In To Kill a Mockingbird, how do the adults deal with the outcome of the trial?Atticus, Miss Rachel, Calpurnia, Aunt Alexandra, Miss Stephanie, Miss Maudie, and Bob Ewell

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ATTICUS.  Tired over the long hours leading up to the trial, Atticus first just wants to get some sleep. He tells his sister that he is not bitter. Atticus never expects to win this case, but he hopes that Tom will be set free on appeal. He tells Tom to be patient, but Tom is unable to adjust to prison life.

AUNT RACHEL.  Her response to Dill was that "if Atticus Finch wants to butt his head against a stone wall, it's his head."

CALPURNIA.  Calpurnia is a friend of Tom, so she is disappointed with the results (though there is no reference in the book concerning this). She kindly provides Atticus with all the food that is brought to him by the appreciative African-American community.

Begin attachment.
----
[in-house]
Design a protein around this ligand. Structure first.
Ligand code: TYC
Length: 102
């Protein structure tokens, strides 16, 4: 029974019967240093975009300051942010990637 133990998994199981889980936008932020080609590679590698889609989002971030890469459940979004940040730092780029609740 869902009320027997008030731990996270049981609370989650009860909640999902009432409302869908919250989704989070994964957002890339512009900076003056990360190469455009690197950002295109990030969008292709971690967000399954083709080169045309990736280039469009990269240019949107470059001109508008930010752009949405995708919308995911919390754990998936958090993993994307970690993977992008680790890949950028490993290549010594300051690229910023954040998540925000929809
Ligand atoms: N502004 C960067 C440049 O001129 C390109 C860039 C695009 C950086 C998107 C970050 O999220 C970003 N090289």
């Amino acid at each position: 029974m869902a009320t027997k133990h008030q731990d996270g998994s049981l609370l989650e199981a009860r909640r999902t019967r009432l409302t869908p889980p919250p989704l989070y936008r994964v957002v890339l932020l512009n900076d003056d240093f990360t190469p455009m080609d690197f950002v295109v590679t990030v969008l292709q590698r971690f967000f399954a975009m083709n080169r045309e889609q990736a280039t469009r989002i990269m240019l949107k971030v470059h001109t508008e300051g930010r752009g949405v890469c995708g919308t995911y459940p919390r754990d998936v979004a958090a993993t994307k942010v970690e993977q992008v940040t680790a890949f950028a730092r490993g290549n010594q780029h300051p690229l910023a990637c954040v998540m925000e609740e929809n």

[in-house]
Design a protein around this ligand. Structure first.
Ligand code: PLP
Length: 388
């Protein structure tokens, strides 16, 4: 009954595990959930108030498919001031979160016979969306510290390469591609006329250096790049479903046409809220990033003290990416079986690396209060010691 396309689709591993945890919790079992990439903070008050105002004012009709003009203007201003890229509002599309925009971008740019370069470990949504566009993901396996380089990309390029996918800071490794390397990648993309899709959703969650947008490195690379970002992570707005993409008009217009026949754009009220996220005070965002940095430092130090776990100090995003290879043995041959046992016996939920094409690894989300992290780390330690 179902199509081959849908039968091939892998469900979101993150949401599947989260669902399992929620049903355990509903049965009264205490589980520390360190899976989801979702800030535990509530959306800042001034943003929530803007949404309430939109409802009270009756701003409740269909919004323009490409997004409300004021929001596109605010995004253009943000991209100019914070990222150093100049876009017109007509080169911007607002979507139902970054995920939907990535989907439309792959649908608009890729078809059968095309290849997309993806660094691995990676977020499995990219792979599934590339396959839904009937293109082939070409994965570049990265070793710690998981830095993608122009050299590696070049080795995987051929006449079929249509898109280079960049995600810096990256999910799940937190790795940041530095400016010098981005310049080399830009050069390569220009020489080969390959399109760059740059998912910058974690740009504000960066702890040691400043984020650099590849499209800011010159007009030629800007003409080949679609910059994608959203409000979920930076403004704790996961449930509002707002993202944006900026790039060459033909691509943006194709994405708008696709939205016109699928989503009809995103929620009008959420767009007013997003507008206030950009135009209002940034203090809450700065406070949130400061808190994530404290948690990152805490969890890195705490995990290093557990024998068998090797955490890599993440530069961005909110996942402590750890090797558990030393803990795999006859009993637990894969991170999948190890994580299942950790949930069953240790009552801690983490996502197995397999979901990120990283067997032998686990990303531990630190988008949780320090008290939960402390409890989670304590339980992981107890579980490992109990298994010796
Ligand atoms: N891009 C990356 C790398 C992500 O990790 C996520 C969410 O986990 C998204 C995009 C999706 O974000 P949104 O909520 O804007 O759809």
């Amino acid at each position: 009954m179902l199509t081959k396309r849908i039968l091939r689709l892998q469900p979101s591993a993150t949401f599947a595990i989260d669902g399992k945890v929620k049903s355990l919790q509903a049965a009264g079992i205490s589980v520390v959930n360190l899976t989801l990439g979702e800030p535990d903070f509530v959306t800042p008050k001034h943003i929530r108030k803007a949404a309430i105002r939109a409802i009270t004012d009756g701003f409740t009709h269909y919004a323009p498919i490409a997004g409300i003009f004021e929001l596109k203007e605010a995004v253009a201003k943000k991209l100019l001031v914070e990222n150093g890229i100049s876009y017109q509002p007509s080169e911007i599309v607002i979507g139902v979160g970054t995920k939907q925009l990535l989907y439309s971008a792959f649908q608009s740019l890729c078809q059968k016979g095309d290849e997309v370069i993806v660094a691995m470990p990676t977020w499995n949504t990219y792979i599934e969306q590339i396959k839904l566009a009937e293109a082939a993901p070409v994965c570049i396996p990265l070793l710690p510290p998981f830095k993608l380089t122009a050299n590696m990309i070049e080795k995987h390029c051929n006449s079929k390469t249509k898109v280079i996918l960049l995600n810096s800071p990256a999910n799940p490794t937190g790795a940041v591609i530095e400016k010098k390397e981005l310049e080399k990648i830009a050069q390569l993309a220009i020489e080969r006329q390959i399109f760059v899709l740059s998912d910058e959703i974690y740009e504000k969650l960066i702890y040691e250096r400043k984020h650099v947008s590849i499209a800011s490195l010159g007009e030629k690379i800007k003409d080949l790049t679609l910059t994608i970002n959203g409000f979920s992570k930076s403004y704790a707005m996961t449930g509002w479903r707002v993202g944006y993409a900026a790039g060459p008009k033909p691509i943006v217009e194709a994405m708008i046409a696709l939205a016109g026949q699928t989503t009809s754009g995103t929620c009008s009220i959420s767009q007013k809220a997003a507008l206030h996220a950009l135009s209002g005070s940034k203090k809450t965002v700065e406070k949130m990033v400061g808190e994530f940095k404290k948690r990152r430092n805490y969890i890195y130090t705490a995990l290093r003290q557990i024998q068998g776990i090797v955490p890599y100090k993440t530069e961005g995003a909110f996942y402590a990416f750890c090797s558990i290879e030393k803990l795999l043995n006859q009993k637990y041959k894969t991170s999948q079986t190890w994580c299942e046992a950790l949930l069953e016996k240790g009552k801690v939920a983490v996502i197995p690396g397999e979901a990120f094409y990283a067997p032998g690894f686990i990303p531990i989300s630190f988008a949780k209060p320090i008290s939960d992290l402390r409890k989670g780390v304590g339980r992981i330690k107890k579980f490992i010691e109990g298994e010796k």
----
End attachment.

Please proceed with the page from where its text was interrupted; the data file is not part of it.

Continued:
AUNT ALEXANDRA.  Her feelings primarily concern Atticus, but she is disappointed with the outcome. She is also worried about his safety. However, she does seem genuinely distressed when she hears of Tom's death.  

MISS STEPHANIE.  Miss Stephanie was more concerned with acquiring more gossip. She asked the children several questions, including what it was like sitting with all the black folks and whether it made them mad to see Atticus lose.

MISS MAUDIE.  Miss Maudie is genuinely concerned with the children's reactions. She obviously was disappointed in the verdict, but she was practical. She tells them that besides herself and Atticus, there are others in the white community who supported Tom.

BOB EWELL.  Although Tom is found guilty, Bob (and Mayella) are disgraced in the courtroom before most of the town. He blames Atticus for his embarrassment, and threatens to get even with him. He confronts Atticus downtown, curses him and spits in his face. He does his best to do this, but he is eventually thwarted by Boo Radley.

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To Kill a Mockingbird

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